Here is a long note from Citi’s William Buiter on central bank forward guidance. It is a good overview of how forward guidance can be “cheap talk” and in order for markets to take central banks seriously, contingent changes to monetary policy (like inflation or unemployment at certain thresholds) are the only serious option.
The best approach to signaling longer-term policy intentions in an operational manner typically has three components.
First, commit to the regular publication and updating of longer-term forecasts of the target variables, of any additional nominal or real thresholds, knockouts or triggers that define the central bank’s reaction function for each of its instruments, and of the instruments themselves.
Second, reach an agreement that at most one member of the monetary policy making committee, presumably its chair, speaks or writes publicly about the likely future paths of the policy instruments – rates, QE, or whatever. The other members can of course still discourse in public about the principles of monetary policy and the history of central banking.
Third, give the central bank skin in the game by requiring it to issue or purchase material amounts of financial instruments on which it will lose money if interest rates depart from the forward guidance-consistent levels – financial hostage instruments. If possible, link the pay of the monetary policy makers at least in part to the performance of these instruments.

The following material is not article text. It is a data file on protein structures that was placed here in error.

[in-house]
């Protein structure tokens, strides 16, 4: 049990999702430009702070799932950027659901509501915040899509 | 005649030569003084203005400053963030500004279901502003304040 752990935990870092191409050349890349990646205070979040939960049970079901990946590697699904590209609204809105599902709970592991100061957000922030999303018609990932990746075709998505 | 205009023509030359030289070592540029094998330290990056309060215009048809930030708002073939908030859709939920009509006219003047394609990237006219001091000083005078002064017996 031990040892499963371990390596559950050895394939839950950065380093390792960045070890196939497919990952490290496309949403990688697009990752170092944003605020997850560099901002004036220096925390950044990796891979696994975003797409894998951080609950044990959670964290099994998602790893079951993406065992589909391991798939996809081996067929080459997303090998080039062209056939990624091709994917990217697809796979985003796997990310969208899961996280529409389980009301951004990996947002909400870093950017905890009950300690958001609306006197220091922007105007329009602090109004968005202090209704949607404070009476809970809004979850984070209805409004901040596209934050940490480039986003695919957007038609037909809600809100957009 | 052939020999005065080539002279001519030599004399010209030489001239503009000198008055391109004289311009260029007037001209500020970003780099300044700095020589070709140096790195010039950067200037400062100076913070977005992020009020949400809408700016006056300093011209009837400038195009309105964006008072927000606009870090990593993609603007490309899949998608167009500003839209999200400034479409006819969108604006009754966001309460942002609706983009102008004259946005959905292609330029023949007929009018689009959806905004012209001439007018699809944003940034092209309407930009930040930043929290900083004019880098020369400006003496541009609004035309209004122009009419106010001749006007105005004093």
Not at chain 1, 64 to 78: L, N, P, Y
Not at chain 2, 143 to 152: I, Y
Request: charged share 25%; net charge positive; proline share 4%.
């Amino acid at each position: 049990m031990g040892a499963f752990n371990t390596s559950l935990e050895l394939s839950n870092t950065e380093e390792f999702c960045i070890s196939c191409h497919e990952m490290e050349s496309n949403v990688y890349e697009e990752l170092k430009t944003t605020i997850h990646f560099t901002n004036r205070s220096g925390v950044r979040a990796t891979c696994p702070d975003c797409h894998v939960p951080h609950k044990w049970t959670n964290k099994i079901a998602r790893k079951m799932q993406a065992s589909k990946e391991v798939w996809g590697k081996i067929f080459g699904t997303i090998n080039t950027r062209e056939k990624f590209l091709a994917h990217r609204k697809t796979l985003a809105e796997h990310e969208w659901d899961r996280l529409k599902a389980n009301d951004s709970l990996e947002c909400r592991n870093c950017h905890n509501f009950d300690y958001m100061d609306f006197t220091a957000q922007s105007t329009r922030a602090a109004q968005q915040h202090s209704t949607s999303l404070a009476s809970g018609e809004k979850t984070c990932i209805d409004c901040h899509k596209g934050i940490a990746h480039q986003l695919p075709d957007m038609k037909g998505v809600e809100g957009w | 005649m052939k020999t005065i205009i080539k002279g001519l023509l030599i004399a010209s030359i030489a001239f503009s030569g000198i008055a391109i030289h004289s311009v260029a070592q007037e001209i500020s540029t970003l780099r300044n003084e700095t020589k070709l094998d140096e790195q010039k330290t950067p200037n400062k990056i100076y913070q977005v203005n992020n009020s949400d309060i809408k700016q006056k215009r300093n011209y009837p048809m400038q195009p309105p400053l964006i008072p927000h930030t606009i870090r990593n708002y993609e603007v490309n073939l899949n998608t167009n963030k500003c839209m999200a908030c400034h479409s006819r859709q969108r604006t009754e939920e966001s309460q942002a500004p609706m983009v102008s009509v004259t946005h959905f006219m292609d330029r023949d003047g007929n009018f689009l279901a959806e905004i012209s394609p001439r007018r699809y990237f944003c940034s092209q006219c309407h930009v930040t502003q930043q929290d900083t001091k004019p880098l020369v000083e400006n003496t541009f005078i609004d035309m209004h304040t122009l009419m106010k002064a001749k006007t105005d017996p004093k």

Hat tip to FT Alphaville who wrote about this yesterday.
It is interesting that despite Buiter thinking that policy rate changes by committee is a good idea, he still thinks that only one person – the chair or governor should be communicating this stuff.
The US Federal Reserve has a whole lot of people making public comments – all of the regional governors for example – and I’m not sure that’s optimal.
Different Federal Reserve Banks have different ways of looking at the world, and if market participants can cherry pick forward guidance from who they like on the Board of Governors that’s problematic.
With respect to the hostage instruments he talks about, I don’t think that’s appropriate. The people best equipped to deal with these sorts of strategies are on trading desks, not on the capped salaries of the public sector.
It would be far too much to expect there to not be significant losses on the learning curve of those sorts of policies, in the vein of massive foreign exchange market intervention losses that have occurred in the past when countries tried to defend fixed exchange rates and went broke.
I think New Zealand is doing OCR changes the right way – the buck stops with the Governor and he is also the person who fronts the press conferences. It’s a shame they’re anointing themselves as arbiters of what loans are good and what loans are bad though.